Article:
No Cheer in Japan over America's Woes
By Brian Bremner
U.S.-style capitalism has a major-league image problem in the rest of the world at the moment. In many corners, it's the target of sneering laughter. Americans may not like it, but imagine if you had spent years listening to sermons on corporate governance from the Clinton and Bush Administrations. They and the U.S. business press hyped free-market capitalism as the very Platonic ideal of economic management.
Interestingly enough, though, you don't see as much gloating among the Japanese as you would think. And it's not because they're being polite. Executives and Bank of Japan (BOJ) officials worry about the blowback to their economy should the U.S. get into some sort of serious economic jam. They're particularly worried about a sudden crash of the dollar, which has weakened about 10% against the yen and the euro since the end of the 2001.
President George Bush doesn't want to see the dollar tumble or the already declining foreign-capital flows into the U.S. stock and bond markets turn into a wholesale pullout. That would surely whack the Standard & Poor's 500-stock index and put upward pressure on long-term interest rates at a time when consumers have spent two years wincing at the losses in their 401(k) accounts and kissing off any thoughts about early retirement.
Bush's pledge to clean the stables of Corporate America in his Wall Street address on July 9 wasn't just for domestic consumption. Every fresh outrage -- take your pick, WorldCom, Tyco, Qwest, Enron, Computer Associates -- gives global investors another incentive to cut their losses before the next disclosure. And that puts downward pressure on the dollar, which is the last thing Japan wants to see.
Japan's Finance Ministry and the BOJ have already been regularly intervening in the currency markets to halt the dollar's slide -- to little avail. Currency traders' anti-greenback sentiment is just too strong, and demand for dollar assets is too weak. The yen has risen in value, from 135 to the dollar to about 118. Should it really overshoot to, say, 100 or so, Japan can probably kiss its nascent recovery goodbye.
In the January-to-March quarter, Japan sprinted out of recession and grew at an annualized 5.7%. Roughly half of the gain came from export growth to the U.S., China, and elsewhere. That export wave also contributed to a pretty big recovery in industrial production. Late last year and during much of the first quarter, the yen was relatively weak, trading in a range of 125 to 130 or so. No more.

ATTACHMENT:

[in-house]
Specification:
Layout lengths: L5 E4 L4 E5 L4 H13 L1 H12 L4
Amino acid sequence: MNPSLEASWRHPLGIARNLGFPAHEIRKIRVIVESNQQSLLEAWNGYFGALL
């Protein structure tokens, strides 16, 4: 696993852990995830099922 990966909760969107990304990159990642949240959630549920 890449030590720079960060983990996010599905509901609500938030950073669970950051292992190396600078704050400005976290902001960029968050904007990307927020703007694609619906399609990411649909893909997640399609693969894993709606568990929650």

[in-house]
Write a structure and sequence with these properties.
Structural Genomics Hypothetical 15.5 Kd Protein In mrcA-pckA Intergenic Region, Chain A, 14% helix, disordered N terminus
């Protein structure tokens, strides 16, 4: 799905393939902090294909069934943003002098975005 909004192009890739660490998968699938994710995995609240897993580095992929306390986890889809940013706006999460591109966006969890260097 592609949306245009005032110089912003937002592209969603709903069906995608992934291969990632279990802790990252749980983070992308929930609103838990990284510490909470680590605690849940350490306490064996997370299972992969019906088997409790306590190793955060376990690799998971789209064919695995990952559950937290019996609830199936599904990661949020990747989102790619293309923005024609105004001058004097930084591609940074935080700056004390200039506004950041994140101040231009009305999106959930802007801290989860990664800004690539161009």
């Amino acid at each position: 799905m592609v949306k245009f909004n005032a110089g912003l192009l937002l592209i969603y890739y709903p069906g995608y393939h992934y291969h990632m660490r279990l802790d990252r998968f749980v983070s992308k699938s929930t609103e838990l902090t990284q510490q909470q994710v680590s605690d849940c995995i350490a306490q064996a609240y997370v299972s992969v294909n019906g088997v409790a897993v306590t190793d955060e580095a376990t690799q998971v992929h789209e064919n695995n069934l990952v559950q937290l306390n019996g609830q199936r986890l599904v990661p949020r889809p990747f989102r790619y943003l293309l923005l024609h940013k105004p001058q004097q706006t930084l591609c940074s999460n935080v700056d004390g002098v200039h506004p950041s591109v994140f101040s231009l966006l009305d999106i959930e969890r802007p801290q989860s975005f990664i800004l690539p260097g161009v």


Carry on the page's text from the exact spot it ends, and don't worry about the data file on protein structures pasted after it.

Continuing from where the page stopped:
It may well be that the great corporate crime wave of 2002 will prove short-lived. Sure, a tsunami of earnings restatements will likely occur in the months ahead as everyone catches on to the idea that the days of creative earnings management are over. Eventually, confidence will be restored, and the U.S. will recover its image as a global financial center governed by financial probity, the ultimate haven. Let's hope so.
Yet even under the most bullish scenario, the terrorism wildcard remains. A guy I know at the BOJ wondered over lunch what the world would be like if there were no havens, or at least if the U.S. could no longer play such a role. Instead of corporate scandals dragging down investor confidence, the fear is that America is heading into a turbulent period of civilian killings and bombings, something on the scale of September 11 or perhaps worse.
Japan is the world's biggest net creditor, meaning it has huge claims on the rest of the world, particularly the U.S. This includes a huge amount of dollar claims -- stocks, Treasury bonds, truck plants in Indiana, and resort complexes on Maui -- all sorts of stuff. If terrorists were able to regularly deliver multibillion-dollar shocks to American cities and infrastructure, the greenback would get pounded, and so would a lot of Japanese wealth.
During much of the 1990s, a robust U.S. economy, the importer of last resort, bailed out Japan and exporting economies all over Asia. But now the outlook is uncertain. America's monster current-account deficit and swelling budget deficit mean it's heavily reliant on foreign capital. A lot of things -- corporate scandals or terrorism -- could be the tipping point for a dollar crash.
That scenario would be a double blow for Japan. Its big institutional investors, such as life insurers with big U.S. bond portfolios, would endure huge losses, and the export sector now carrying the economy would also take a beating. Such are the financial and trade ties that bind the world's two biggest economies.
Bremner, Tokyo bureau chief for BusinessWeek, offers his views every week in Eye on Japan, only for BusinessWeek Online
Edited by Beth Belton